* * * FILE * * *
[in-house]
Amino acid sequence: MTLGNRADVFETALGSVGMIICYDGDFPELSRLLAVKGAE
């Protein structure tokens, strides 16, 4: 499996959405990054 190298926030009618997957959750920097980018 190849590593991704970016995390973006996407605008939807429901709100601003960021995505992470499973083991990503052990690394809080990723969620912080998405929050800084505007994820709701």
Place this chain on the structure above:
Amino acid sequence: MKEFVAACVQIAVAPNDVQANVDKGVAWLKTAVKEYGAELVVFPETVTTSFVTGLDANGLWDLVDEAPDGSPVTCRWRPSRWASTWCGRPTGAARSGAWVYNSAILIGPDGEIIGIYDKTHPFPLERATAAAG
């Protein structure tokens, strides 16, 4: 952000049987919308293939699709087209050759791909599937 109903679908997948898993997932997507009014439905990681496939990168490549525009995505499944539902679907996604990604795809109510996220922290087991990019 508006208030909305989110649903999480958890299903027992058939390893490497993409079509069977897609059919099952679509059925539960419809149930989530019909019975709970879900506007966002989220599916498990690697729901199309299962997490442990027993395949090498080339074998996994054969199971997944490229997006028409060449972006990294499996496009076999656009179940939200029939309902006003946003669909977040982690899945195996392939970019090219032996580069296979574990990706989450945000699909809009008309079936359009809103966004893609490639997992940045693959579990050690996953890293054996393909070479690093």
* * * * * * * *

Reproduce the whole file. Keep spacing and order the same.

[in-house]
Amino acid sequence: MTLGNRADVFETALGSVGMIICYDGDFPELSRLLAVKGAE
């Protein structure tokens, strides 16, 4: 499996959405990054 190298926030009618997957959750920097980018 190849590593991704970016995390973006996407605008939807429901709100601003960021995505992470499973083991990503052990690394809080990723969620912080998405929050800084505007994820709701």
Place this chain on the structure above:
Amino acid sequence: MKEFVAACVQIAVAPNDVQANVDKGVAWLKTAVKEYGAELVVFPETVTTSFVTGLDANGLWDLVDEAPDGSPVTCRWRPSRWASTWCGRPTGAARSGAWVYNSAILIGPDGEIIGIYDKTHPFPLERATAAAG
């Protein structure tokens, strides 16, 4: 952000049987919308293939699709087209050759791909599937 109903679908997948898993997932997507009014439905990681496939990168490549525009995505499944539902679907996604990604795809109510996220922290087991990019 508006208030909305989110649903999480958890299903027992058939390893490497993409079509069977897609059919099952679509059925539960419809149930989530019909019975709970879900506007966002989220599916498990690697729901199309299962997490442990027993395949090498080339074998996994054969199971997944490229997006028409060449972006990294499996496009076999656009179940939200029939309902006003946003669909977040982690899945195996392939970019090219032996580069296979574990990706989450945000699909809009008309079936359009809103966004893609490639997992940045693959579990050690996953890293054996393909070479690093």